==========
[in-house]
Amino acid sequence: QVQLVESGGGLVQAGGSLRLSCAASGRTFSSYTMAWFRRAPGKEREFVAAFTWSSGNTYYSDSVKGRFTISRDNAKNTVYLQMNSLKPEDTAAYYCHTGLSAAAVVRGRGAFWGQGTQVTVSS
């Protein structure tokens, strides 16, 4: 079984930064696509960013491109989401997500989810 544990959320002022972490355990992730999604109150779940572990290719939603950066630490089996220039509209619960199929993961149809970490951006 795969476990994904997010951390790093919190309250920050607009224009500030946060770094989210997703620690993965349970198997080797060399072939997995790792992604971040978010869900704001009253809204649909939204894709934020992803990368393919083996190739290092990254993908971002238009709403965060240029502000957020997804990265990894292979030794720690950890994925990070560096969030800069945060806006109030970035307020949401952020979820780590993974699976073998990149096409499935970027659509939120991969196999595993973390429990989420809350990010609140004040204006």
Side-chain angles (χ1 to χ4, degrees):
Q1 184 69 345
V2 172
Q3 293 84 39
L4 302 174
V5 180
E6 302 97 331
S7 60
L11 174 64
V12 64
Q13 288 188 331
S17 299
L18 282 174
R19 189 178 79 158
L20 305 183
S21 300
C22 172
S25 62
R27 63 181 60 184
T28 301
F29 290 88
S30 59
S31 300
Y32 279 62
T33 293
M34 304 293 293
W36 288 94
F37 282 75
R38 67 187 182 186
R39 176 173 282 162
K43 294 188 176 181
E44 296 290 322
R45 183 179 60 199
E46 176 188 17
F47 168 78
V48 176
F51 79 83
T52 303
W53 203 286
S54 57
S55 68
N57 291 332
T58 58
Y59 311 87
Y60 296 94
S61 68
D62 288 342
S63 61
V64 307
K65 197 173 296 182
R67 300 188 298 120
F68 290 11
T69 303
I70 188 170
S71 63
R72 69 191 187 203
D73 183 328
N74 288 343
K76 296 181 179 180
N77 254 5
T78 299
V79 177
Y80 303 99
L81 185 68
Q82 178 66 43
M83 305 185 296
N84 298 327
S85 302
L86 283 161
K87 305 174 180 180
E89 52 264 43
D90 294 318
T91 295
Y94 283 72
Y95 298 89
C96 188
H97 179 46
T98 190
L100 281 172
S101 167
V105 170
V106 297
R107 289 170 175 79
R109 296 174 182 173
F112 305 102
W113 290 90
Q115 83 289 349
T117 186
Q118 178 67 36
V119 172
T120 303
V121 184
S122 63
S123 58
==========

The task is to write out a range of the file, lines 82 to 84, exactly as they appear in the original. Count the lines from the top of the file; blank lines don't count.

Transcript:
L100 281 172
S101 167
V105 170